With these, we could not fly our tickets to Sicily. Or spend two more weeks with the kids in Groningen, as planned. Our options were to go back to DC via the Netherlands immediately or to knock around … somewhere outside the EU until we had only six days left before our scheduled departure home in mid-March.

Fly back to DC in February?!?

Hahaha. Make that one option: Knock around for 27 days outside the EU. And, yes, there are far worse fates. But where to knock?


Doris posted inquiries like this on the Lonely Planet’s Thorntree forums.
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We sent a half-dozen well-traveled friends urgent emails asking for suggestions and grilled all the guests at a wine tasting Glen conveniently (and deliciously) was hosting when when we walked into his house in Nairobi after our six-flight day from Tanzania. Everywhere we went – on the road, in restaurants, on flights – we debriefed travelers and ex-pats about the possibilities. Doris traded sleep for Googling itineraries, replacement flights, lodgings. Sri Lanka, India, Turkey, a return to the Emirates – no stone was left unturned in our search for knock-about destinations that met our standards for ease and conditions of travel and cost.

For a few ambitious, well-rested days, we had a plan that involved flying from Nairobi to Lalibela, Ethiopia, touring the astonishing stone churches there, taking in a few additional Ethiopian wonders and then flying to Luxor, Aswan and Cairo to introduce Doris to Egypt.

Then we remembered the reason we planned to end our great adventure in Sicily in the first place was that we figured we would be ready to coast after four months of travel. That we would be tired of dust and chaotic third-world airports. Heck, that we would be tired of all the packing and unpacking it takes to move around and see multiple countries. We had anticipated this correctly. We were feeling a bit like these trudging penguins on the Cape of Good Hope. Hoping for the best but kind of trudgy.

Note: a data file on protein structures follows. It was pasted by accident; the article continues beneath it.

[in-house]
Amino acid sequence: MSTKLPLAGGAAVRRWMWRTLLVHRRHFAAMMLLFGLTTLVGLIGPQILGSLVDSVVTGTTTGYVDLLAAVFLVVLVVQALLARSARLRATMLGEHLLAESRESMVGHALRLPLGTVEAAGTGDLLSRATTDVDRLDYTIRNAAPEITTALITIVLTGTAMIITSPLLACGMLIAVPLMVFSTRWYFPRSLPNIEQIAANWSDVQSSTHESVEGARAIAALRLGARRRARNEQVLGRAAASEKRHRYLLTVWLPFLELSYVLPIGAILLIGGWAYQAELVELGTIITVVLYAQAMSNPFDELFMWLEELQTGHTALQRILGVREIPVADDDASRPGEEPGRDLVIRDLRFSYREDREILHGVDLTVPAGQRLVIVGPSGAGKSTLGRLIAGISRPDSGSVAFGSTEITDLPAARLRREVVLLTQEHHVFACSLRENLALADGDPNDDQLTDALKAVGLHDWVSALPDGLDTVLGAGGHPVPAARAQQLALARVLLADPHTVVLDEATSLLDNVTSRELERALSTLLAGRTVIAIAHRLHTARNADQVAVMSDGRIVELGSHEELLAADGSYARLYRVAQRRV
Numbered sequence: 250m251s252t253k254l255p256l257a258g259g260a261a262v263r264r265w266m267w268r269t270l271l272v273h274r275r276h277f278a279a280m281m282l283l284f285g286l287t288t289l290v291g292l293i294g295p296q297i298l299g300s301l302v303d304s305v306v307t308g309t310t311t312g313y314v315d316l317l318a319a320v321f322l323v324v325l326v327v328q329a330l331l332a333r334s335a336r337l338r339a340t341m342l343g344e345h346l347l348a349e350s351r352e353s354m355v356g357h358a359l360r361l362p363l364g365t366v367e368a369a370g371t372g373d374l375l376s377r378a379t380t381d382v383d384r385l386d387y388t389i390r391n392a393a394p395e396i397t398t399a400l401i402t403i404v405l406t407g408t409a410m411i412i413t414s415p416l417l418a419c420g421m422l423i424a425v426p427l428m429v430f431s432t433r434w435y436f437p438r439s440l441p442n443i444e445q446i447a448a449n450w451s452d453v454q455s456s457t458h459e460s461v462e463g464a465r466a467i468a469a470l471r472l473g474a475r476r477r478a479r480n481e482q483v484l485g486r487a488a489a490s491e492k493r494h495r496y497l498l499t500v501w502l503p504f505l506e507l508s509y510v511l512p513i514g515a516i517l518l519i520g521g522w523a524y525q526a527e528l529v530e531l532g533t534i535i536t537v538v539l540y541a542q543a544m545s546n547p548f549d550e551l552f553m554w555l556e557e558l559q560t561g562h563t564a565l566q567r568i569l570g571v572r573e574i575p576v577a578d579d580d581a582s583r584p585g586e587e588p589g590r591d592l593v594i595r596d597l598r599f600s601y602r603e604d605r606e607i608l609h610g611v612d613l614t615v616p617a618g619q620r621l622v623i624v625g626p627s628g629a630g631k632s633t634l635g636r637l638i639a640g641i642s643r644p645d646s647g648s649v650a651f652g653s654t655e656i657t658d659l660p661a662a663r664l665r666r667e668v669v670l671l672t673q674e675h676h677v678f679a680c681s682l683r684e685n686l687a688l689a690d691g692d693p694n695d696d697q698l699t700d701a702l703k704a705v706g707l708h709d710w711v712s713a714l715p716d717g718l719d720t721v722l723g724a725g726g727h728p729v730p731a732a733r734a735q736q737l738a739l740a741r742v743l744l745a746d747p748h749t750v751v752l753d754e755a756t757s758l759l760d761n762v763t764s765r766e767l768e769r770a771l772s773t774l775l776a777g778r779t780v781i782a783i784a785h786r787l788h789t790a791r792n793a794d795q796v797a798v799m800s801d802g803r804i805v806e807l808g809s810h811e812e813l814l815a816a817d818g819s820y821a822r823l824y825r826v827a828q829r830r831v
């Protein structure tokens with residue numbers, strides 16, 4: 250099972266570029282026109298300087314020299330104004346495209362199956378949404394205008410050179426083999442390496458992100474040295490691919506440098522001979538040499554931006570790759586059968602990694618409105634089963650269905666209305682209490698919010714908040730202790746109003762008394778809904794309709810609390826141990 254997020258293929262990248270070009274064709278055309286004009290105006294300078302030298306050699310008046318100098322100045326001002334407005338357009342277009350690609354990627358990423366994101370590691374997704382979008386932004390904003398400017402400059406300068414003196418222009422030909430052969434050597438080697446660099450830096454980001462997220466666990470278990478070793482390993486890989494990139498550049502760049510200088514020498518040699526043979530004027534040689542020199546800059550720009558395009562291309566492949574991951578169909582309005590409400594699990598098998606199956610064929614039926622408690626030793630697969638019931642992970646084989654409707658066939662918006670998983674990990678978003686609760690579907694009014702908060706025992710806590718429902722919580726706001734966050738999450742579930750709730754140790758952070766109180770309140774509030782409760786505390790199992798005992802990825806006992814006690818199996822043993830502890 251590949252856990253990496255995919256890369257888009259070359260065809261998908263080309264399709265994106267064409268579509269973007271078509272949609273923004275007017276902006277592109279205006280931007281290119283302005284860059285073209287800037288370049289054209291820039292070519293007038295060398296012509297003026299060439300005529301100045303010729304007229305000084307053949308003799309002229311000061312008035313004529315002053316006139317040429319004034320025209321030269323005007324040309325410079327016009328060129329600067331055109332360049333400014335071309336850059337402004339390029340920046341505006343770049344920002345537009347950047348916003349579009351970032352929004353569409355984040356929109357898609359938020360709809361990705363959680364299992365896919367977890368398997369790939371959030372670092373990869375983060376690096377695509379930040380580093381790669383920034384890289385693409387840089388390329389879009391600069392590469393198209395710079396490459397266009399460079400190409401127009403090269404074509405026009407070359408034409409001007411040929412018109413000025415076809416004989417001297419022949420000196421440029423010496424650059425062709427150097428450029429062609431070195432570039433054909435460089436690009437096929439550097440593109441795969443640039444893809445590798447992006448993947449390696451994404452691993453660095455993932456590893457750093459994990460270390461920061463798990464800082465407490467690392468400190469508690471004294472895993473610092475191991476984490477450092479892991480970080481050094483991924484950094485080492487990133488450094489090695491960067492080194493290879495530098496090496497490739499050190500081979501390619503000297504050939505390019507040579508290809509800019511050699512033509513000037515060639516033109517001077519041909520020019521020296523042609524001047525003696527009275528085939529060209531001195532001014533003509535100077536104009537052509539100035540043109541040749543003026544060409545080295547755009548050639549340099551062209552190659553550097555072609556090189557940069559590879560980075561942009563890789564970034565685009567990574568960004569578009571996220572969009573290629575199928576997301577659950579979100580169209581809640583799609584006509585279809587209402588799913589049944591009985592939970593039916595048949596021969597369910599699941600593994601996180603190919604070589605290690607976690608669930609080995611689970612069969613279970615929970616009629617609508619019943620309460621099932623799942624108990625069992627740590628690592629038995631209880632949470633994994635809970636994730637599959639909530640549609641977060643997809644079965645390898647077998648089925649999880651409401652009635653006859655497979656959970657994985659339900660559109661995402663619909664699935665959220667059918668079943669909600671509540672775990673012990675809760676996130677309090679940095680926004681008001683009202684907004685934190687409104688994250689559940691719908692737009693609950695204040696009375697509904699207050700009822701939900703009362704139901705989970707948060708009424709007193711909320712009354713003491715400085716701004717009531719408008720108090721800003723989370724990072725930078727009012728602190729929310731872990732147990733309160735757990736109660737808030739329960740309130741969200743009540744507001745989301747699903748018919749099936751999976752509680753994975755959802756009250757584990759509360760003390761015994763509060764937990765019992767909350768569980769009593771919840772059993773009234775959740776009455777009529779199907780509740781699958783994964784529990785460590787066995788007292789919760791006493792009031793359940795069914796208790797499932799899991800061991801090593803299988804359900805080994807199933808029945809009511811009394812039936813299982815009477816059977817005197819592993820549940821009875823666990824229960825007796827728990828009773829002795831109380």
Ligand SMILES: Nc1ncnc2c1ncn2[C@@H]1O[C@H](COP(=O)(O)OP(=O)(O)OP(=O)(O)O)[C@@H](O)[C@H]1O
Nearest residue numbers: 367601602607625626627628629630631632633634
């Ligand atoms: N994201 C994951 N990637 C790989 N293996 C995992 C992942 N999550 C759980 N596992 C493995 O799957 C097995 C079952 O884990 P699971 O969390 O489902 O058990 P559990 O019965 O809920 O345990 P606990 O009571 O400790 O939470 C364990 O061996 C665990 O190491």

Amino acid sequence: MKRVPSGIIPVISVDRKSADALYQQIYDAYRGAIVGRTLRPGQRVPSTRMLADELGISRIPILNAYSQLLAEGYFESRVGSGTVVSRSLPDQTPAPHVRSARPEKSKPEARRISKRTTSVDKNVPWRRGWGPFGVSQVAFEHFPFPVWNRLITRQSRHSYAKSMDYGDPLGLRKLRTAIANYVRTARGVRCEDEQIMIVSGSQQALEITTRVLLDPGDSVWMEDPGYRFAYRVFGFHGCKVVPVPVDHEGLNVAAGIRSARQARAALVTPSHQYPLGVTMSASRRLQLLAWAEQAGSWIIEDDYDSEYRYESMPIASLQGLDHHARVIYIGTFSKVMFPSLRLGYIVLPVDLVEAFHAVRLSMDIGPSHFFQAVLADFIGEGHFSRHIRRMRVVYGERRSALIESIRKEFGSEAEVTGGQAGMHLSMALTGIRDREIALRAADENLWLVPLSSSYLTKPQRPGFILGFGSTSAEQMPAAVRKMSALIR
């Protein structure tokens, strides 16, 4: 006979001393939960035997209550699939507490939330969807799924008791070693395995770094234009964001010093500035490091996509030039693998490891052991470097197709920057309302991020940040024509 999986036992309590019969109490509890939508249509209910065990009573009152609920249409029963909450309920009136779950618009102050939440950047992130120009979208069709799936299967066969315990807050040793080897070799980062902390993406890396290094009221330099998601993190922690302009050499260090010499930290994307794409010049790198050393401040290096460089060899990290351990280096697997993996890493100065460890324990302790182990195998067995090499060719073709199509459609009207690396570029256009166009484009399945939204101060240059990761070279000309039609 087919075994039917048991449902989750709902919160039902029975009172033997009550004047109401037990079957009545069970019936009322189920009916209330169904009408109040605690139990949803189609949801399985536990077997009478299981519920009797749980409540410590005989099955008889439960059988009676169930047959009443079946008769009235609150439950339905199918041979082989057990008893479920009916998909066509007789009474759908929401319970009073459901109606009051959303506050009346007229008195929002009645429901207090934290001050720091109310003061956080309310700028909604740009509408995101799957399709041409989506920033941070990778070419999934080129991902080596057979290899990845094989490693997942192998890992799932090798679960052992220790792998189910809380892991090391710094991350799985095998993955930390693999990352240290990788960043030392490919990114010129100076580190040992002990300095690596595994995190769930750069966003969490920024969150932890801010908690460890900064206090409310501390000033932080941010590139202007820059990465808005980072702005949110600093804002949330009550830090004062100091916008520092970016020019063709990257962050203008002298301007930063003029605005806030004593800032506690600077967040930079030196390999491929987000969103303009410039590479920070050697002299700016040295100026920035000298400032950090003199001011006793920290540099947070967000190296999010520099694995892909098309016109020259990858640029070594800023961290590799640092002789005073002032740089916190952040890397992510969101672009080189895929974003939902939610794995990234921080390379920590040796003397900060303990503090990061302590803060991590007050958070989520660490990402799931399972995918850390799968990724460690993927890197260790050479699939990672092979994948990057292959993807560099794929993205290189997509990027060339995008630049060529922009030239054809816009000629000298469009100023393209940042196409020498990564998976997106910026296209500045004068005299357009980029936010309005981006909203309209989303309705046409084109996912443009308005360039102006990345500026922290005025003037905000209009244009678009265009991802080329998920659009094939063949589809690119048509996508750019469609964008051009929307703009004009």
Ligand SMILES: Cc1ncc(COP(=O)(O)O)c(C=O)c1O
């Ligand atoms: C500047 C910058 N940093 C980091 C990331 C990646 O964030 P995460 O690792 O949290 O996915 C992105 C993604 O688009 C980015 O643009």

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So we opted for … Cape Town, South Africa. “The Cape.” The Europe of Africa (sometimes the Paris of Africa), as the Africa hands kept promising us. The cosmopolitan city huddled under an ancient monolith at the toe of a hemisphere. A region of interesting history, spectacular scenery and great wine. Sicily but with better weather and penguins.

Also, a city so direly short of water after a historic drought that residents are on water rationing. A place where an apocalyptic event called “Day Zero” has been scheduled when the water taps will be turned off altogether, and people will get water only by the allotted bucketful. A country in the midst of political crisis with the president being threatened with the equivalent of impeachment if he didn’t resign within two days after we arrived. He did, but political drama continues.

What could be more enticing?

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In Cape Town, Louis can swim these salt-water pools daily guilt- and cost-free. (Fresh-water pools are widely closed because of water restrictions.)

For a mere $250 (the least of our airline penalties for changing scheduled flights we could no longer take), we flew south instead of north, via Victoria Falls, Zimbabwe, instead of Rome, Italy. We were, finally, resigned to our visa fate but also curious to see what our bonus destination would hold and (old newsies that we are) excited to be flying into the middle of not one but two front-page stories.